“Greed is good, ladies and gentlemen”. Twisted morals, maybe, but it fits. Energy efficiency is the kind of greed that means warmer homes, less CO2 emissions – and more money to spend on other, more exciting or more useful things than energy. Can we agree on that, Mr Pieper? This article first appeared on the efficiency1st blog.

uropean energy ministers met in Brussels on 24 November amid the ongoing row over the introduction of binding targets for energy efficiency as part of the EU’s plans for a carbonreduced Europe for 2020. Ministers are gathering in the European Council to present a set of progress reports on how member states can best meet the challenge of reducing energy use by the end of the decade. Energy efficiency, one one of the key parts of the EU’s 20-20-20 plans for a carbon-reduced future, along with a 20% reduction in greenhouse gas emissions and a 20% increase in the use of renewables, has off-late being sidetracked from Europe’s climate plans in the wake of the financial crisis.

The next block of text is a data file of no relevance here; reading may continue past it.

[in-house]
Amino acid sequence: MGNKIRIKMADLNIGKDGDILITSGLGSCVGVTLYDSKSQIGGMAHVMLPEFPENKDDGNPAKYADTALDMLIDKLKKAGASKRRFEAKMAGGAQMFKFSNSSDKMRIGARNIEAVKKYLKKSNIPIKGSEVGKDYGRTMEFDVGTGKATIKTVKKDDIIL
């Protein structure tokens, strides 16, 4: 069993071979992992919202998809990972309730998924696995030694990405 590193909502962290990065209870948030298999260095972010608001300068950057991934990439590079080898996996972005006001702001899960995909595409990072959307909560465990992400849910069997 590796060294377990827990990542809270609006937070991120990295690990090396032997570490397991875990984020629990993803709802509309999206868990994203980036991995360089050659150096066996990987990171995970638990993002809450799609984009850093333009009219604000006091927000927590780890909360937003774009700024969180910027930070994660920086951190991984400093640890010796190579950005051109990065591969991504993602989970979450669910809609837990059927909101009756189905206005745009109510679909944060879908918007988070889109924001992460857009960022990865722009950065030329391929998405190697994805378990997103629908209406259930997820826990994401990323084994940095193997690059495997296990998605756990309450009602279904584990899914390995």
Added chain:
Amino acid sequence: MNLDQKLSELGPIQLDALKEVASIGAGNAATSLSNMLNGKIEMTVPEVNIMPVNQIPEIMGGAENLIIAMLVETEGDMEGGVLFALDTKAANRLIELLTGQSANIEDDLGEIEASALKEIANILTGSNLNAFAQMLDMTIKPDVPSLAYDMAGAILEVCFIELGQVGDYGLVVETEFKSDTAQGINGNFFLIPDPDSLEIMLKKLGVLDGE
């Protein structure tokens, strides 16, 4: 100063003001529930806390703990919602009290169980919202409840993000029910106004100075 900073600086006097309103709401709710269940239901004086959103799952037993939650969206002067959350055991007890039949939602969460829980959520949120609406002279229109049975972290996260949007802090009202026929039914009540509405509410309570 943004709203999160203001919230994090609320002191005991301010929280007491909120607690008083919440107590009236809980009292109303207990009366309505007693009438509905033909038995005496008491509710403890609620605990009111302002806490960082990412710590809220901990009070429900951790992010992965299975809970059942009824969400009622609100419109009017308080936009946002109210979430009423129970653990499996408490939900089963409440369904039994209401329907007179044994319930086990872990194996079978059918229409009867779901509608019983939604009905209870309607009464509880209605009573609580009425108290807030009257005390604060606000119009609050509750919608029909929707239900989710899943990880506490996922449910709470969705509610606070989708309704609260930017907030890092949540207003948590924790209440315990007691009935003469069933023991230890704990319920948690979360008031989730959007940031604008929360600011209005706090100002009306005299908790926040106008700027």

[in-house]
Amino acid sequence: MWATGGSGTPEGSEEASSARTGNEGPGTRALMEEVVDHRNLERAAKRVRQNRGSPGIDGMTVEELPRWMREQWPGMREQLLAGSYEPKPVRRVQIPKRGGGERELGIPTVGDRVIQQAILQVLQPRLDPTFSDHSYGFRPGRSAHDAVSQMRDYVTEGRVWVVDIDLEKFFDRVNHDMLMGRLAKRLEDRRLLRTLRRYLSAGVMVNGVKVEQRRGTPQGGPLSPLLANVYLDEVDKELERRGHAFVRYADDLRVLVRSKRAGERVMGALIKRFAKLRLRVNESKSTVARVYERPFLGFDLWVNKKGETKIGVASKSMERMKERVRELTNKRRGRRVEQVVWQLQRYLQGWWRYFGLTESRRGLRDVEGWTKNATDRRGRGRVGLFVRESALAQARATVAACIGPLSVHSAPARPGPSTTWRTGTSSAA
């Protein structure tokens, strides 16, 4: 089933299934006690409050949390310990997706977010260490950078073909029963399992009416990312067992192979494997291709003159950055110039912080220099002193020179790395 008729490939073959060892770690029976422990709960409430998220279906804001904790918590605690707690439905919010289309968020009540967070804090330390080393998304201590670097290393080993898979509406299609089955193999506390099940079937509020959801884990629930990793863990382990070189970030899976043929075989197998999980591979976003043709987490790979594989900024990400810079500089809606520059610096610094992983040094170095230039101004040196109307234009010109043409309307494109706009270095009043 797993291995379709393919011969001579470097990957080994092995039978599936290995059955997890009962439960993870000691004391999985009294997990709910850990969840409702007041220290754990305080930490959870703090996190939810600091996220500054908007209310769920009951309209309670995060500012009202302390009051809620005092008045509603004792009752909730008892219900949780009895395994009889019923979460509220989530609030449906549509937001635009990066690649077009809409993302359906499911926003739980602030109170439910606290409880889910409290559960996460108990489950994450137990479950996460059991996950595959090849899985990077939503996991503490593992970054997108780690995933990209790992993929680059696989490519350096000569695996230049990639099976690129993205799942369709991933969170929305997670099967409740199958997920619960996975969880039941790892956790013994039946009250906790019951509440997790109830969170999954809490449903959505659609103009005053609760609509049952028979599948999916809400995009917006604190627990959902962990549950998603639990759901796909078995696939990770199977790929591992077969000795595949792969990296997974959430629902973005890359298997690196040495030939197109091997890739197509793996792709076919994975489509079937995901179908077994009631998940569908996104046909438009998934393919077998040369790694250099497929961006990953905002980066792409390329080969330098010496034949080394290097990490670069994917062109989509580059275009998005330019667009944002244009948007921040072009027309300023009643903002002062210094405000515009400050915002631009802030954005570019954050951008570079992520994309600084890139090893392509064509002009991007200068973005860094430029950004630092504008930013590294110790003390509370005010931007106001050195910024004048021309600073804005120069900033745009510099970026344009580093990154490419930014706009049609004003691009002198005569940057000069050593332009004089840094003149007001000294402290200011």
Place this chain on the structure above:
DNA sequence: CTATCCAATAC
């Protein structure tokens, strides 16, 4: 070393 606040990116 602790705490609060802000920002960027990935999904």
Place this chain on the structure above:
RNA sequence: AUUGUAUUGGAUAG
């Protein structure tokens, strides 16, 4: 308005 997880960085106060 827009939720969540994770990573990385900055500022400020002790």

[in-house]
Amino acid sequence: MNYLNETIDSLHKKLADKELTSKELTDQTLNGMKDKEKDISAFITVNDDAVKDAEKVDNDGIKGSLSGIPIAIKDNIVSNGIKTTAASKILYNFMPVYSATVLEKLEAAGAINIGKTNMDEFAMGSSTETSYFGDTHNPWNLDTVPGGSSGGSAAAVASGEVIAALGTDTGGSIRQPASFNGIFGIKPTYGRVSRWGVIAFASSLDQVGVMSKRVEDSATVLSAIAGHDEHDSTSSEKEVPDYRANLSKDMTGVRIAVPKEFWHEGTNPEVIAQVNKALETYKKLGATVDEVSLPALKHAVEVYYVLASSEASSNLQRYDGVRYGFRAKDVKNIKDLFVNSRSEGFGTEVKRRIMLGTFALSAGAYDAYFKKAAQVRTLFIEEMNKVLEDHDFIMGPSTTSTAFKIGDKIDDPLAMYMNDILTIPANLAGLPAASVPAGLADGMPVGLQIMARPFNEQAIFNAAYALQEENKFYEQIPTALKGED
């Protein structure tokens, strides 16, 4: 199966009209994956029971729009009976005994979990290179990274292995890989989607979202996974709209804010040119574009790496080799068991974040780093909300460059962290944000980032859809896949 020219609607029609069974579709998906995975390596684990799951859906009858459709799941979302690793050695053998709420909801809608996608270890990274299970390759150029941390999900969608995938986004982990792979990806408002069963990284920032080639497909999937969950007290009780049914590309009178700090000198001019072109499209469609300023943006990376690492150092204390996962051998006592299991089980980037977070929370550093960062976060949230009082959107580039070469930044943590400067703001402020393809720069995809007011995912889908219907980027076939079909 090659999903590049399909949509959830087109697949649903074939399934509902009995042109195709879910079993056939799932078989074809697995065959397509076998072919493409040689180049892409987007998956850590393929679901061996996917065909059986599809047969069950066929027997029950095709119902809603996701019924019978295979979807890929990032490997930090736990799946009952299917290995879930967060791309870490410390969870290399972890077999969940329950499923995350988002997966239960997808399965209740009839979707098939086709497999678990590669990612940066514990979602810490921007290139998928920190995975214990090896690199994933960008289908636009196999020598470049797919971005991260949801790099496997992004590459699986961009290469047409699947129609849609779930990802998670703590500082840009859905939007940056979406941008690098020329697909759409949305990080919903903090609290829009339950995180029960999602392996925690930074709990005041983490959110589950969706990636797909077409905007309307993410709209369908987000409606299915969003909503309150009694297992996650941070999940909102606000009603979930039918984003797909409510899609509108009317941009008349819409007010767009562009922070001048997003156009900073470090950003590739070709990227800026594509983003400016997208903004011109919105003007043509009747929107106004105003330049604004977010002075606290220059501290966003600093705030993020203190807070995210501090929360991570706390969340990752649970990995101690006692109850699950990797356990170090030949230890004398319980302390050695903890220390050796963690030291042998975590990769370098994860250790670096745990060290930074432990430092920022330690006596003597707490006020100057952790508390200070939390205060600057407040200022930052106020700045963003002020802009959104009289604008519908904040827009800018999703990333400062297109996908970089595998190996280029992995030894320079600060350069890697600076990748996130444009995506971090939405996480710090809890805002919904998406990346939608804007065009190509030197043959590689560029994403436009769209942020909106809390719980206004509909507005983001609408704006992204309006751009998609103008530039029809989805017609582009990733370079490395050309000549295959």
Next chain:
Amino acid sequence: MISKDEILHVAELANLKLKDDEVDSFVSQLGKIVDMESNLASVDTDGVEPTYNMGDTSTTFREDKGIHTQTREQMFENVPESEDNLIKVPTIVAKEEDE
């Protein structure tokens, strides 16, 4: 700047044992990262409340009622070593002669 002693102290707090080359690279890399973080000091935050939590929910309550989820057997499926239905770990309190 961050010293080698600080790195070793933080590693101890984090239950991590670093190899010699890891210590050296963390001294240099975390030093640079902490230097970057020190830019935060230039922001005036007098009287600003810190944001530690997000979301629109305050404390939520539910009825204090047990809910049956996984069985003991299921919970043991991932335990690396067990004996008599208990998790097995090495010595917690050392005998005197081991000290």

The European Parliament, currently processing a report on the subject authored by Green MEP Claude Turmes, is pushing for firm commitments; not only a legally-binding 20% efficiency target, but also a set of binding measures to help achieve that target. Effectively, this means obliging energy companies to change their business models, while at the same time finding a way to pay for energy efficiency adjustments without it coming from the government budget, as outlined in article 6 of the report. Certain member states, such as Denmark, and, to an extent, the UK, have done this, others, say campaigners, are simply failing to see the possible benefits for economic stimulation that a shift to more efficient business models can bring. In contrast to the parliament, the European council are rejecting the concept of both binding